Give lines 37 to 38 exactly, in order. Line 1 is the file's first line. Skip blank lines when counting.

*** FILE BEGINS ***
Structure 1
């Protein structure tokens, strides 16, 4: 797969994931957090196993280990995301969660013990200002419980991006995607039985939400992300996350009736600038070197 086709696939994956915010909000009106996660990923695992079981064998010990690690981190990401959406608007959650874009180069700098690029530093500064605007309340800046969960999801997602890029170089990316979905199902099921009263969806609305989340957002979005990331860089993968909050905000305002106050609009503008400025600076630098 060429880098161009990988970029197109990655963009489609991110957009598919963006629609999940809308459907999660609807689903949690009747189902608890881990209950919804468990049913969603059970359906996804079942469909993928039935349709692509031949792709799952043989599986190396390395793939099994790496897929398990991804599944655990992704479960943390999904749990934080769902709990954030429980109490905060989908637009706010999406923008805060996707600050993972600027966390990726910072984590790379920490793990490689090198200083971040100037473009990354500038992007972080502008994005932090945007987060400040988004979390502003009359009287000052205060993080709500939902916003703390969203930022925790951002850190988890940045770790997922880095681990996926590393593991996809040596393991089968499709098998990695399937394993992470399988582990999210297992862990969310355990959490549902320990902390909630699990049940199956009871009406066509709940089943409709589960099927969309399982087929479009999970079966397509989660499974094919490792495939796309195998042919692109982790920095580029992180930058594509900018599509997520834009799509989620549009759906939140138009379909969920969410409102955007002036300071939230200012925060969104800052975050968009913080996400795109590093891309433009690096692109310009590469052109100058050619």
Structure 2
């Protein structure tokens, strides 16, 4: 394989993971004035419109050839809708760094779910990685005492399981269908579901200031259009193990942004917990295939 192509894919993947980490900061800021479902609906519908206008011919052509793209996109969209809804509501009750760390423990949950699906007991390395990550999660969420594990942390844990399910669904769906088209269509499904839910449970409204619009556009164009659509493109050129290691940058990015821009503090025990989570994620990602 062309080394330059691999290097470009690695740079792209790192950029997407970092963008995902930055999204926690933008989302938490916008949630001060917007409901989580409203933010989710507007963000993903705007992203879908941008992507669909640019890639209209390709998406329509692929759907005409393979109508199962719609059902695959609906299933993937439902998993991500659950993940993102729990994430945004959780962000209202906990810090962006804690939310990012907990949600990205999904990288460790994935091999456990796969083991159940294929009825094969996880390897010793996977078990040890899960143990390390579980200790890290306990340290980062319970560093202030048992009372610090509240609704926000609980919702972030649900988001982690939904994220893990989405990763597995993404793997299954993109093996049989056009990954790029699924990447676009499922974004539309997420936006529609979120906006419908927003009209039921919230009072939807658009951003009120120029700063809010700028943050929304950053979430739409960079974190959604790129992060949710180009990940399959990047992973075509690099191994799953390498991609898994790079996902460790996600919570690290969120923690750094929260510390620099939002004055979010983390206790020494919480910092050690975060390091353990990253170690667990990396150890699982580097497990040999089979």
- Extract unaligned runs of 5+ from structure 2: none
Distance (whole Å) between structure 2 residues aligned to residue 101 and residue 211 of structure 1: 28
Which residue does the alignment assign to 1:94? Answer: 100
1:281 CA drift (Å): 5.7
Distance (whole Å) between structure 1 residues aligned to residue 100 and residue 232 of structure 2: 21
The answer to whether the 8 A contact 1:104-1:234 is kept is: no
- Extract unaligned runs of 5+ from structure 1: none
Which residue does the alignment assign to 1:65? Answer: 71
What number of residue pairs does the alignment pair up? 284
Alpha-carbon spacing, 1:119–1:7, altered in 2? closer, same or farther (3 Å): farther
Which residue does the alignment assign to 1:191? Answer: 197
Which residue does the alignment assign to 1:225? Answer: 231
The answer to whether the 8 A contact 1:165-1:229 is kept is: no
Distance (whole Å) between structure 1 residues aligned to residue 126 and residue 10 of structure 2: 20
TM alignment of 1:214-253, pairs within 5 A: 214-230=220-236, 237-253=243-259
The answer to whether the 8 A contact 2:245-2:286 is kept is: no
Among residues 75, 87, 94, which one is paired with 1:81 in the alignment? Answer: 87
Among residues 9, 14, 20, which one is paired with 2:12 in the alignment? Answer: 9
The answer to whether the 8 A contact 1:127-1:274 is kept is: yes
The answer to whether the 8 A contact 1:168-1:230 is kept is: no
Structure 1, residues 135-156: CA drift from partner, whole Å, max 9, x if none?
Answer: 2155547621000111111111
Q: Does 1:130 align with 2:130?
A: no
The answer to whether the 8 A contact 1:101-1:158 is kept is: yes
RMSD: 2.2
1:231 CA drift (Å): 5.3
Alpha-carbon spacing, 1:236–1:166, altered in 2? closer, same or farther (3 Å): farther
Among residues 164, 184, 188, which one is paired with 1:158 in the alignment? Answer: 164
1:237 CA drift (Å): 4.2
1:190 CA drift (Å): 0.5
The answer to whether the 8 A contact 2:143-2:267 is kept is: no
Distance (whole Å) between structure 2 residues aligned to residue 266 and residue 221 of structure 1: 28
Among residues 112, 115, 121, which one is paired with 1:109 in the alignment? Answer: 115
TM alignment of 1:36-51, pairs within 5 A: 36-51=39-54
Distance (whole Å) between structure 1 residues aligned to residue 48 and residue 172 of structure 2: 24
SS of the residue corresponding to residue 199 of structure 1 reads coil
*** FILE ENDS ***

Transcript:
Distance (whole Å) between structure 2 residues aligned to residue 266 and residue 221 of structure 1: 28
Among residues 112, 115, 121, which one is paired with 1:109 in the alignment? Answer: 115